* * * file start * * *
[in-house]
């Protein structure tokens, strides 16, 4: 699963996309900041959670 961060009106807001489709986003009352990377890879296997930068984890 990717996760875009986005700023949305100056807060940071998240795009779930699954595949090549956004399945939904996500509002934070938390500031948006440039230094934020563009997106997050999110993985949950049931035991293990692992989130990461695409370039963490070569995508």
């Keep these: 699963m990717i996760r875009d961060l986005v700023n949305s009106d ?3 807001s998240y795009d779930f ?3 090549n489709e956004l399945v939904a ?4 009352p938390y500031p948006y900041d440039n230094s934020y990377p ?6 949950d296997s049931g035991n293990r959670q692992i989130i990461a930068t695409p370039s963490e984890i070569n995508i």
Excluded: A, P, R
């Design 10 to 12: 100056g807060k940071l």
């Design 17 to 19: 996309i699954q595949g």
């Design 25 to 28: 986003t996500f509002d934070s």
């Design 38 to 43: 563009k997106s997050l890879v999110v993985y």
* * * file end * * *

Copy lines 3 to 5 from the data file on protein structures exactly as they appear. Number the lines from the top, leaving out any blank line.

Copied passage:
């Keep these: 699963m990717i996760r875009d961060l986005v700023n949305s009106d ?3 807001s998240y795009d779930f ?3 090549n489709e956004l399945v939904a ?4 009352p938390y500031p948006y900041d440039n230094s934020y990377p ?6 949950d296997s049931g035991n293990r959670q692992i989130i990461a930068t695409p370039s963490e984890i070569n995508i």
Excluded: A, P, R
């Design 10 to 12: 100056g807060k940071l």